In 1970, as a first-year Engineering student at Melbourne University, I was keen to be able to try out some computer programming. I had been introduced to Fortran programming in my final year at school in 1969 by way of hand-punched cards, batch processed at Monash University (probably using the Ferranti Sirius).

So there I was, a mere five years since the demise of CSIRAC, a name still whispered in awe, and although I was only interested in time-wasting schoolboy programming at the time, such as numerical integration, or plotting graphs on the line-printer using rows of "*", the 'Powers That Be' in the Melbourne University Computer Department took pity on me and granted me access to the computer, a rare privilege for first-year students.

The computer of the time was an IBM 7044. I remember steaming up the window of the Architecture building, peering in to see if my job had been run. At that time, programming was done on punched cards, submitted in a little cardboard box in one of many pigeon holes set up in the computer department. Staff would come out of the inner sanctum periodically and take a few of the cardboard boxes next in line into the magic machine. Later the box would be returned, cards hopefully still in order, and the precious line-printer output. Nine times out of ten the printout would say 'Error nnn - Job Cancelled' and it would be back to the drawing board.

One day the box contained more than just the printout, it had a note for me to report to the boss of the Computer Department, one Ron Bowles (of CSIRAC fame). I particularly remember his name because, as only an engineering student could, I mispronounced his name when asking his secretary to see him. I was rapidly corrected that his name was not 'Bowels'. I approached the deity in awe and trepidation. 'What are you doing to my computer? Every time I run your program you crash my computer!' he barked. 'And by the way, what are you doing using my computer, you insignificant little first-year being?'. But he was actually very kind, and helped me work out where I was writing outside the bounds of an array.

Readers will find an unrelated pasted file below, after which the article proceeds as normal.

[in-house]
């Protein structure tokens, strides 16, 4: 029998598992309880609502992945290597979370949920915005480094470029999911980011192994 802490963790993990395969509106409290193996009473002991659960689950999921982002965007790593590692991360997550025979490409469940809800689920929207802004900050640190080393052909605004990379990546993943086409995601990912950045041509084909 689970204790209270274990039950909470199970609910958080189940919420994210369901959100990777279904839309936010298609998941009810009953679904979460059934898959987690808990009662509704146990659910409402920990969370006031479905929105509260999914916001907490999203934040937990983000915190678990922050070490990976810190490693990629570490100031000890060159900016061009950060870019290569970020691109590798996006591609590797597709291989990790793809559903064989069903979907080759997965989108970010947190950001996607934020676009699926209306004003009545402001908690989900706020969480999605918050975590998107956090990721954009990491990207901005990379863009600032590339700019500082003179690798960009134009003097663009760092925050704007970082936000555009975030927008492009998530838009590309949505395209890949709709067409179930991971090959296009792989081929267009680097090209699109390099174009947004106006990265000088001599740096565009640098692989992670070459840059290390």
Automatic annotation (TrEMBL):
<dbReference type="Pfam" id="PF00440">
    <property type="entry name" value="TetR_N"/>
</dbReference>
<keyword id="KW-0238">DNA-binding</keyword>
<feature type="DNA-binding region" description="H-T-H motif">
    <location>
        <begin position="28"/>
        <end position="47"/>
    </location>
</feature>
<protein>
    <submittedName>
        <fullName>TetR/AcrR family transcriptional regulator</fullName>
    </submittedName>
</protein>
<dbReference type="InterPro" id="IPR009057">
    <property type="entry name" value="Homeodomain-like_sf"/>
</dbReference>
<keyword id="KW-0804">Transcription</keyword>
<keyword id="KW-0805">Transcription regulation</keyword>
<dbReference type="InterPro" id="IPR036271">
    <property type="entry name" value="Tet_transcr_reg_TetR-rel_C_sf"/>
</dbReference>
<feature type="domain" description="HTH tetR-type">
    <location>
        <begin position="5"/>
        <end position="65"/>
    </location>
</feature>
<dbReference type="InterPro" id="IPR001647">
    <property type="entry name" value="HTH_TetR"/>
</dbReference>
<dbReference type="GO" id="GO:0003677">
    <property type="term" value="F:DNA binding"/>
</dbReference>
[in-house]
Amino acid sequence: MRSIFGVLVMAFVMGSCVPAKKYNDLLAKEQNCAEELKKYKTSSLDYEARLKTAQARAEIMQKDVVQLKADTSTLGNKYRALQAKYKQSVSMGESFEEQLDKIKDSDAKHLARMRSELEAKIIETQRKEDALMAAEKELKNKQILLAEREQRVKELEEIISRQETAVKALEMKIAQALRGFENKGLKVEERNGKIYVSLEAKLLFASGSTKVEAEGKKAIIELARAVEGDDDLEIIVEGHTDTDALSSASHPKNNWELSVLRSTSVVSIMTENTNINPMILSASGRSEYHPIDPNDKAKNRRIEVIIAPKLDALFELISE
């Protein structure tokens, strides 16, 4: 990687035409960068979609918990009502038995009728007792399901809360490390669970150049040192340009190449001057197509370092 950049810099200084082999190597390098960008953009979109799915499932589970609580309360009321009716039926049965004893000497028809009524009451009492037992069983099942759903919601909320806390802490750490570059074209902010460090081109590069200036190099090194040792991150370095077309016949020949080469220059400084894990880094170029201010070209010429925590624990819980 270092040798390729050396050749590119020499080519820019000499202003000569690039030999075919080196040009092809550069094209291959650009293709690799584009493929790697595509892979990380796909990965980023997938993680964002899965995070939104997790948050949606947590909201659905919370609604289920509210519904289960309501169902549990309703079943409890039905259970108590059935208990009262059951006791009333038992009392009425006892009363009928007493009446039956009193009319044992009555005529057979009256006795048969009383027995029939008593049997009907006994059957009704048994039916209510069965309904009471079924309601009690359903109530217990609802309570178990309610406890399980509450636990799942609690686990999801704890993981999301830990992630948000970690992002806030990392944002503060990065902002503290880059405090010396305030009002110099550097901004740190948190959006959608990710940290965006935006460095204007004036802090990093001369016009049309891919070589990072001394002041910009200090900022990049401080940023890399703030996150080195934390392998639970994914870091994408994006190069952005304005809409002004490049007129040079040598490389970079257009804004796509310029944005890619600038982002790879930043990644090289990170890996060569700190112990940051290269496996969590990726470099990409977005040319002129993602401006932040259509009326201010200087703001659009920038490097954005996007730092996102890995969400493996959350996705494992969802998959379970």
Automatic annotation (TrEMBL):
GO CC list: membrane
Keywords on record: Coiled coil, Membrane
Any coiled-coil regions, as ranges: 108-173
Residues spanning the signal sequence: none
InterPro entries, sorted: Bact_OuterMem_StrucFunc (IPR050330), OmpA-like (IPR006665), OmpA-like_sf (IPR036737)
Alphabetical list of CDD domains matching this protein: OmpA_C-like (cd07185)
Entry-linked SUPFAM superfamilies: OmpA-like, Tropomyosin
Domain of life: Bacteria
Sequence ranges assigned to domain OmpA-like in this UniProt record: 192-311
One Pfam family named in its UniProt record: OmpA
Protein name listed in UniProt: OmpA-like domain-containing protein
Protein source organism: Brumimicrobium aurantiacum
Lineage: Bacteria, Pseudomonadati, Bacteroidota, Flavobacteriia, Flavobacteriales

The IBM 7044 had very little memory. I needed to use magnetic tape for temporary storage of data while running a program (in much the same way CSIRAC users had the 'drum' memory). This must have been very slow, but there was no other way.

Using punched cards was a very tedious process, although perhaps not as tedious as paper tape which the users of CSIRAC had to cope with. At least with punched cards you could insert and delete lines in your program quite easily, which is not possible with paper tape. The best thing to do was to arrive at the university early in the morning or else stand in a long queue waiting for access to one of the three or four card punch machines available for general use. These machines were already antique, probably 1940s vintage. Although computers no longer used valves, the card punches still did. Editing was non-existent. If you made a mistake you had to scrap the card and start a new one. The only aid was the ability to duplicate from one card to the next, but this usually caused more trouble than it was worth.